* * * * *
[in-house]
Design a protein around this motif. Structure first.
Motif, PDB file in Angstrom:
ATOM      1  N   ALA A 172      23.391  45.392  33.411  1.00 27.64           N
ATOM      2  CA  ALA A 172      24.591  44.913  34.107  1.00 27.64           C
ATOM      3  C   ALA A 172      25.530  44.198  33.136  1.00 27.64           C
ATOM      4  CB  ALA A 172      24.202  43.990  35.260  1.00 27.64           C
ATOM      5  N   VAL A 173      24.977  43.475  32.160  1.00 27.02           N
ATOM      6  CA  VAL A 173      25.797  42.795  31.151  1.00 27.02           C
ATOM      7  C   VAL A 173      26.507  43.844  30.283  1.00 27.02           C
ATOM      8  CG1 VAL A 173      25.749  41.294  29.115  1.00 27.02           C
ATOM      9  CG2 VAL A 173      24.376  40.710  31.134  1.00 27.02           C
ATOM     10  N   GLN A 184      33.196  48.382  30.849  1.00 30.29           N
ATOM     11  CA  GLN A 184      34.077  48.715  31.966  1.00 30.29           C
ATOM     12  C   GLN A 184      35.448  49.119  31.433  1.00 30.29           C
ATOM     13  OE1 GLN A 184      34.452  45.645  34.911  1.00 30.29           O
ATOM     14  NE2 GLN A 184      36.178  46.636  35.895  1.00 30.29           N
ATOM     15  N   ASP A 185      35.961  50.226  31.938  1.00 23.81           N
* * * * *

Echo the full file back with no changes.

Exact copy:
[in-house]
Design a protein around this motif. Structure first.
Motif, PDB file in Angstrom:
ATOM      1  N   ALA A 172      23.391  45.392  33.411  1.00 27.64           N
ATOM      2  CA  ALA A 172      24.591  44.913  34.107  1.00 27.64           C
ATOM      3  C   ALA A 172      25.530  44.198  33.136  1.00 27.64           C
ATOM      4  CB  ALA A 172      24.202  43.990  35.260  1.00 27.64           C
ATOM      5  N   VAL A 173      24.977  43.475  32.160  1.00 27.02           N
ATOM      6  CA  VAL A 173      25.797  42.795  31.151  1.00 27.02           C
ATOM      7  C   VAL A 173      26.507  43.844  30.283  1.00 27.02           C
ATOM      8  CG1 VAL A 173      25.749  41.294  29.115  1.00 27.02           C
ATOM      9  CG2 VAL A 173      24.376  40.710  31.134  1.00 27.02           C
ATOM     10  N   GLN A 184      33.196  48.382  30.849  1.00 30.29           N
ATOM     11  CA  GLN A 184      34.077  48.715  31.966  1.00 30.29           C
ATOM     12  C   GLN A 184      35.448  49.119  31.433  1.00 30.29           C
ATOM     13  OE1 GLN A 184      34.452  45.645  34.911  1.00 30.29           O
ATOM     14  NE2 GLN A 184      36.178  46.636  35.895  1.00 30.29           N
ATOM     15  N   ASP A 185      35.961  50.226  31.938  1.00 23.81           N